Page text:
Atlantis is a general waste of talent and strung together with a bad script. The fact that not one kid in the audience, nor myself, laughed once in indicative of how this movie is flopping. The movie is not engaging for kids and the opening sequence with subtitles will surely go over their heads. This film is not a fun ride. It seems like the profitable-yet-creatively-stagnant Disney formula for the last decade is finally imploding. If you do have a choice go see Shrek instead.
Nate’s Grade: C
Swordfish starts off with a helluva wallop. John Travolta opens with a monologue about why “Hollywood is full of shit,” specifically the problems with Dog Day Afternoon and what a real criminal with hostages could have done. When the conversation ends and Travolta finishes his coffee, he stands up, thanks his gentlemen, and then we quickly discover Travolta is holding hostages in a bank each strapped with powerful explosives. During some miscommunication and arrogance from the FBI brass (as always) snipers take out one of Travolta’s baddies and try and whisk away a hostage. As they try and rush her out in slow motion the pounds of C4 strapped to her chest detonate and a monumental explosion erupts. But as it slowly does the camera whips around in a circle, even entering various buildings, to give a full picture of the destructive wave of the explosion. The effect is magnificent and wonderfully pulled off. The beginning ten or so minutes really wake you up and keep your eyes open.
A few days prior to this incident is where the story then sets off to fill in. Gabriel Shear (Travolta) is a powerful man with the world at his fingertips. He sends out his seductive siren Ginger (Halle Berry) to recruit the recently released Stanley Jobson (Hugh Jackman) for a special mission. Stanley is a hacking genius and has been ordered to stay clear of any computer as well as from his young daughter. Gabriel’s offer comes with a cash advance just for a meeting that is too good to pass up. After an initiation of Stanley’s skills he is set up to create a super virus that will drain the CIA of billions of dollars in unused and unknown funds. All the while FBI agent A.D. Roberts (Don Cheadle) is on the trail of Gabriel the super spy and trying to coerce Stanley into helping him bring the superman crashing.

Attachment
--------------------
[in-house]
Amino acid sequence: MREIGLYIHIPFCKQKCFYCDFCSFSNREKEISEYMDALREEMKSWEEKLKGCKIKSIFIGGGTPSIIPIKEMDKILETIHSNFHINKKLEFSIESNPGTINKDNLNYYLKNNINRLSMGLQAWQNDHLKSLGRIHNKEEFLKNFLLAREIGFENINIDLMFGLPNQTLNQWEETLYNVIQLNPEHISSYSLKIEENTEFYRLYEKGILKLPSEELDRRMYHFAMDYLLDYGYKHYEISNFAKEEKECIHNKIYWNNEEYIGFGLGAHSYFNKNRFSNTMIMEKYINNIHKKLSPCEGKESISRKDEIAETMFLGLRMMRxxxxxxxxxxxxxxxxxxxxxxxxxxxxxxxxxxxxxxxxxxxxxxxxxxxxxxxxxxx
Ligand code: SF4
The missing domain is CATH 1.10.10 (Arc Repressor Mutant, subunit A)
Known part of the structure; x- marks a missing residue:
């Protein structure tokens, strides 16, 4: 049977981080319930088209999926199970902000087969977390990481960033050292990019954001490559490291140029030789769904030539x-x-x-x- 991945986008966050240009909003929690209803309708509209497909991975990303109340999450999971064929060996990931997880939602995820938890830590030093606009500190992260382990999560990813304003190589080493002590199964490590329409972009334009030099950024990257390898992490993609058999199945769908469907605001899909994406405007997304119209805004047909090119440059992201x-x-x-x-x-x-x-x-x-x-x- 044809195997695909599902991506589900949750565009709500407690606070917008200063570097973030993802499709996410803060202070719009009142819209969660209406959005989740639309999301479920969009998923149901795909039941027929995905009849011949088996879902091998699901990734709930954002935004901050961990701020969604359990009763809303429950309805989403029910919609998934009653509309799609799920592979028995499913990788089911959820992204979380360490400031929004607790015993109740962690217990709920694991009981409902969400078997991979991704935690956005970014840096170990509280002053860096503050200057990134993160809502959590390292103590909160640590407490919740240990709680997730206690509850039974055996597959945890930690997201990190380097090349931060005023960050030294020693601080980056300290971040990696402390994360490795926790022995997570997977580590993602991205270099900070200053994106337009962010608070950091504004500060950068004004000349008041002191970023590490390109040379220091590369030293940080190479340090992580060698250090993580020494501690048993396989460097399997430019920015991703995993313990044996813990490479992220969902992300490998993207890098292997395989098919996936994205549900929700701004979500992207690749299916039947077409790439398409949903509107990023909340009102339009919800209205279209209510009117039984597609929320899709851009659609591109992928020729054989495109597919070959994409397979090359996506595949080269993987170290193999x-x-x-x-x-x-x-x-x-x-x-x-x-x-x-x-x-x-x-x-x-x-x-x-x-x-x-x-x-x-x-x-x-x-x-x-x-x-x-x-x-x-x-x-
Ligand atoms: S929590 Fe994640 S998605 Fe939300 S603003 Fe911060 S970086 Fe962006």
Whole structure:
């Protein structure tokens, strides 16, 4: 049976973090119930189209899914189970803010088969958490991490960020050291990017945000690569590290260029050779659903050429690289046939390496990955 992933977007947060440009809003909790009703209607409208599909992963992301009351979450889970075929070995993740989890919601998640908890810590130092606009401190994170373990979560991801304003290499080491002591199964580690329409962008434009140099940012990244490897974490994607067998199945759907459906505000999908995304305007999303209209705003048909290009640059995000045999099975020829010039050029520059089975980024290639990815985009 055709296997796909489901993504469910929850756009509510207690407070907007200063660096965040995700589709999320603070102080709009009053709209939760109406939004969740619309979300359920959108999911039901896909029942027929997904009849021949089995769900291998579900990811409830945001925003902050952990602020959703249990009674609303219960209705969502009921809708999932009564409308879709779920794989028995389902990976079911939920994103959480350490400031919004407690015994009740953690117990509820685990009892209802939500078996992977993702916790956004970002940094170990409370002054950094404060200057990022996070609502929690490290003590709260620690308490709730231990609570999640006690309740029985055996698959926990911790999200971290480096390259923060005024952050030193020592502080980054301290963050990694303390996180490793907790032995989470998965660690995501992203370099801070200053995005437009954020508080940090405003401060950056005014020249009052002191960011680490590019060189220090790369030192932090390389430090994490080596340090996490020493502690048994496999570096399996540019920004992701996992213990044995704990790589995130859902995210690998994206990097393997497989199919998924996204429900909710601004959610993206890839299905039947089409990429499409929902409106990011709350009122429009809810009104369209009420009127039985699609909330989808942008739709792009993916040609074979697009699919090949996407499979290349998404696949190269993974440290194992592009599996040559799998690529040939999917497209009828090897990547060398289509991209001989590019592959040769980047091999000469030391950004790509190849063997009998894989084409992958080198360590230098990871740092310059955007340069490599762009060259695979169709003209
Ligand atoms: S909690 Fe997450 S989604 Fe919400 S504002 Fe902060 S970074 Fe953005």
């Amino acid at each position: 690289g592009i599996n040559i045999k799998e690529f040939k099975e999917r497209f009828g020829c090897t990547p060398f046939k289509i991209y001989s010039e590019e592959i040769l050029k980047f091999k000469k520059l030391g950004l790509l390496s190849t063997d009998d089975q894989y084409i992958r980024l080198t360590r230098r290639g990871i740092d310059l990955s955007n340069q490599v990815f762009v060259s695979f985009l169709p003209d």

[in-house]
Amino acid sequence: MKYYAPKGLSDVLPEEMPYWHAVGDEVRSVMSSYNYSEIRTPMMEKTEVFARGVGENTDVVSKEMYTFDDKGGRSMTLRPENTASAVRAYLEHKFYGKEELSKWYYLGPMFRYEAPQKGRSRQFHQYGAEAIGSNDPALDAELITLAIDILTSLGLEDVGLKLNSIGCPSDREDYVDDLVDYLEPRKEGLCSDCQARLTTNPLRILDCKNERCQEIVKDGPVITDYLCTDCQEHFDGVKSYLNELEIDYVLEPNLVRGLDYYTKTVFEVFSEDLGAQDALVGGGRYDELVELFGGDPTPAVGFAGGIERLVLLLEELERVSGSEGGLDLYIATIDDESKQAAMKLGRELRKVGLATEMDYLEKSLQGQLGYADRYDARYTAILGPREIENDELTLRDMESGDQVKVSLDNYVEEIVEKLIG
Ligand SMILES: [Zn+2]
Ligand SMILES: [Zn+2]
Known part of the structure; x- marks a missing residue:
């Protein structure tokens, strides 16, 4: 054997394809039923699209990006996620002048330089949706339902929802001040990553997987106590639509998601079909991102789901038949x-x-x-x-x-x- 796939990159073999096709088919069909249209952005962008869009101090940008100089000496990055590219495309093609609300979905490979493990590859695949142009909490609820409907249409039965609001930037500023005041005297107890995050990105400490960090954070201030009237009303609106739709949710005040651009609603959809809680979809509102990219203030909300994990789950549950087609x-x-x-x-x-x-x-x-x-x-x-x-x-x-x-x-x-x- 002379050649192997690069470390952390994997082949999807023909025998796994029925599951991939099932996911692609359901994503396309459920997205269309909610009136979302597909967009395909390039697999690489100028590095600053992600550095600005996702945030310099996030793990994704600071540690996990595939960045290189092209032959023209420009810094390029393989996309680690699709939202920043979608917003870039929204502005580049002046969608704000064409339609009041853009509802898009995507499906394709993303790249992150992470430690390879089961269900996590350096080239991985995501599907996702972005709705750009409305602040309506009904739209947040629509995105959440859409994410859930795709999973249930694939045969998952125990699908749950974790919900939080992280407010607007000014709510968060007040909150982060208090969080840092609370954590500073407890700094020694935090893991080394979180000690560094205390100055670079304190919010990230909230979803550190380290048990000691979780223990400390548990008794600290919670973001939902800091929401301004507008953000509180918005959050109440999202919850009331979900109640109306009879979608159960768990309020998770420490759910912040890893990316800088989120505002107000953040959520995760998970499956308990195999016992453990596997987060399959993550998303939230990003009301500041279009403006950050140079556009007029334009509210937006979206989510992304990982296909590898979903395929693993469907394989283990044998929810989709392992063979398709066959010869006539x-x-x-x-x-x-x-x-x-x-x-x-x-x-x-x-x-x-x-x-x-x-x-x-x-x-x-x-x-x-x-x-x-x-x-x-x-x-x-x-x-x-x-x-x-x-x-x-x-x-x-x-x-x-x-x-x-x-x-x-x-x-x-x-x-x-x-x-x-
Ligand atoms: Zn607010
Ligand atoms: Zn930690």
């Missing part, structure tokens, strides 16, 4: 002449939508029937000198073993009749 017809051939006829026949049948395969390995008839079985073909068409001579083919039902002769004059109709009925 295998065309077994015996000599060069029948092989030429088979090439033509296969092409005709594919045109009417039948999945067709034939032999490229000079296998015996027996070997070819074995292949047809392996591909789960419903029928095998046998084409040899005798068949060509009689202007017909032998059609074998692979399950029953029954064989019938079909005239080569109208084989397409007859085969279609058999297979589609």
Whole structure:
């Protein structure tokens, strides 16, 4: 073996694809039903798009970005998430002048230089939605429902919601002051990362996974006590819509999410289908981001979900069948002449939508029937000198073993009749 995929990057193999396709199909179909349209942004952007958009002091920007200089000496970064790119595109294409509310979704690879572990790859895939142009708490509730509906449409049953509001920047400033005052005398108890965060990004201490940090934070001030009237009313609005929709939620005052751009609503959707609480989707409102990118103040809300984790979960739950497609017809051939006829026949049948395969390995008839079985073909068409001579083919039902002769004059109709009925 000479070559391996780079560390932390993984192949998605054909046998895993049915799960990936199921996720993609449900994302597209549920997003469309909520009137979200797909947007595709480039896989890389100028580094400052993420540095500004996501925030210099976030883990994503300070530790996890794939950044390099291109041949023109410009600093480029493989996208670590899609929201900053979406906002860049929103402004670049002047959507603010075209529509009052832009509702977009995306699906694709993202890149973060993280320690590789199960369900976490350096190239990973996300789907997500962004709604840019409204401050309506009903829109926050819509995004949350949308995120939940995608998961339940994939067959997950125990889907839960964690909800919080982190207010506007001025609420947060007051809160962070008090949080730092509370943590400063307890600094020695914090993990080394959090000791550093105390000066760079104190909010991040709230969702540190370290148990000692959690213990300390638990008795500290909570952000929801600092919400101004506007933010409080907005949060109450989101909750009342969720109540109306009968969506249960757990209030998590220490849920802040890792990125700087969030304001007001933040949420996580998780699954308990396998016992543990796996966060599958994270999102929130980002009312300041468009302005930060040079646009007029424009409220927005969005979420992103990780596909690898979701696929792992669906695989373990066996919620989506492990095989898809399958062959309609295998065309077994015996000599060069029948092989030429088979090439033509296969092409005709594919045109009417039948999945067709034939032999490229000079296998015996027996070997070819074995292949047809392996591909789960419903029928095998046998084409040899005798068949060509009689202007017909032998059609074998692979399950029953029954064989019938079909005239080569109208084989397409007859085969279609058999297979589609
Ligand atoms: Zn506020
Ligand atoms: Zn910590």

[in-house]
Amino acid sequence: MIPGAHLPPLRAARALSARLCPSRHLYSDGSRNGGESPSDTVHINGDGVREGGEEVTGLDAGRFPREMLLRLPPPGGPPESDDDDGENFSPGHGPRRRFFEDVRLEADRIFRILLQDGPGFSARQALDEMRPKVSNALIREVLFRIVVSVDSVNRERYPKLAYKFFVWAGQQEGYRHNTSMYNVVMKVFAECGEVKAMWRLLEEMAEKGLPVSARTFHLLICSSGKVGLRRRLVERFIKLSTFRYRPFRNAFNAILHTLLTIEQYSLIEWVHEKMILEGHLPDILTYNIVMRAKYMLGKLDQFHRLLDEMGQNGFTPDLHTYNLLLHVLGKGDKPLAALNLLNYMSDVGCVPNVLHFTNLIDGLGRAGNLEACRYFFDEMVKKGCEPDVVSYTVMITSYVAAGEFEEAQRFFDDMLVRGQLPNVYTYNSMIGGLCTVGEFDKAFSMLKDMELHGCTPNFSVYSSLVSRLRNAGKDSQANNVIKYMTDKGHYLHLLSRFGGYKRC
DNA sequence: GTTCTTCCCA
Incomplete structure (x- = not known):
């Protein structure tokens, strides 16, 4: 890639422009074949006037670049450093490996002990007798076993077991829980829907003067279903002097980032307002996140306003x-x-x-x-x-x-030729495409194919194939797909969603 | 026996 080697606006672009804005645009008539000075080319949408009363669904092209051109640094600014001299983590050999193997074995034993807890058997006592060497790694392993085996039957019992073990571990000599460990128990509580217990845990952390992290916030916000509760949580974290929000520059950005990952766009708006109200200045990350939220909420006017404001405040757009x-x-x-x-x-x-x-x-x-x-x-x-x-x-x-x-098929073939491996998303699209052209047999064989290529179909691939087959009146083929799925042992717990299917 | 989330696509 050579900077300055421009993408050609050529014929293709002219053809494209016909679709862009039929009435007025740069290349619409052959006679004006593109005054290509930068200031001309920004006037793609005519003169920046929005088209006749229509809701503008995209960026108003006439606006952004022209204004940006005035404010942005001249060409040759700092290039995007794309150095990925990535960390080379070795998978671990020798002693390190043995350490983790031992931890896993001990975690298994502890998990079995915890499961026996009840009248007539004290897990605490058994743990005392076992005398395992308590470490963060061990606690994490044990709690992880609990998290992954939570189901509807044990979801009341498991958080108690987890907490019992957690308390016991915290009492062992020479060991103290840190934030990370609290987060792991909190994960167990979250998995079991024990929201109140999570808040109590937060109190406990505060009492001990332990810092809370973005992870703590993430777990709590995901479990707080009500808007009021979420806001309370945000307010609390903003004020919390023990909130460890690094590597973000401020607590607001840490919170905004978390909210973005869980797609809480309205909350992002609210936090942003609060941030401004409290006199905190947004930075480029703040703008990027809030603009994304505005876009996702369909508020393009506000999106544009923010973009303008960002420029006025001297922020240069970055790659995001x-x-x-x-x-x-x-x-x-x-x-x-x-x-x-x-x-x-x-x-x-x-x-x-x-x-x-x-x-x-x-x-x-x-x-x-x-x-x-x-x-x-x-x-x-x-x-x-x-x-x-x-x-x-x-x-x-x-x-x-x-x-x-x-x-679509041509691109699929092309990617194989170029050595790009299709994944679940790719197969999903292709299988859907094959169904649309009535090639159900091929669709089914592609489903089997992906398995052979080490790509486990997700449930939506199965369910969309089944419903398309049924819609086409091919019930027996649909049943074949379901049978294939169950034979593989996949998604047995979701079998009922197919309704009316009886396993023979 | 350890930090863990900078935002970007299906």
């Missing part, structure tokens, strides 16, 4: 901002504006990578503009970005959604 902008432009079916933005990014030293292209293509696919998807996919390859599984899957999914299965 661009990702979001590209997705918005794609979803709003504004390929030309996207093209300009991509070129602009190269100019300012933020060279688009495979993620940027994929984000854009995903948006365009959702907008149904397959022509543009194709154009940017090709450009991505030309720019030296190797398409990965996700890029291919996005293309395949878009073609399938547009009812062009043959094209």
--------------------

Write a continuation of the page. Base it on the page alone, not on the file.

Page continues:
The script is nothing new. It is complete with the familiar double crossings and surprise affiliations to render out the duration of our film. Some moments are just over-the-top stupid, like Jackman’s initiation test which requires him to break a computer code whilst a gun is pressed to his head and a blonde gives him a blowjob. Stanley has a boozing ex-wife now remarried to a porn king with custody of his daughter, and he doesn’t think he can win because he was in prison?
Dominic Sena gave us the driving-on-empty Gone in 60 Seconds last summer. Sena seems to really love florescent lighting when it comes to his films. The actors are bathed in bevy of bright greens and oranges for two hours. Sena delivers a film that pretty much has an idea its nothing but fast food, and it seem to not let something like that drag it down but actually help improve itself. It’s like Wild Things in the aspect it knows it’s just slick trash but damn if it isn’t going to be a fun ride.
Swordfish has been made critic proof. One could complain about the plot contrivances and the pat ending, but you can always go back to Travolta’s opening dissertation. Certain revelations occur in the film that will make you question who really is the bad guy in the end. The makers of Swordfish have gone about and made their action flick critic proof.
A disappointment is that there really is only three action sequences in the entire movie. I will say this now and may it be heard clear – TYPING IS NOT EXCITING! Watching someone type fast at a keyboard is never entertaining. Do not build an action movie around typing. If you do you might as well have action while people play Turbo Pong.
The acting is irrelevant, though Jackman is a winning face and actor. Travolta looks like the lower half of his face has freakishly widened. Much has been made about Halle Berry going topless for the movie. This was entirely gratuitous and used for comic effect for God’s sake. But the movie is unabashedly about sleek violence and sex, so it can be forgiven.
Swordfish is the right kind of mindless action for the summer. It keeps you awake and engaged. And I’d rather see this eighty times again before seeing Tomb Raider one more time.
Nate’s Grade: B-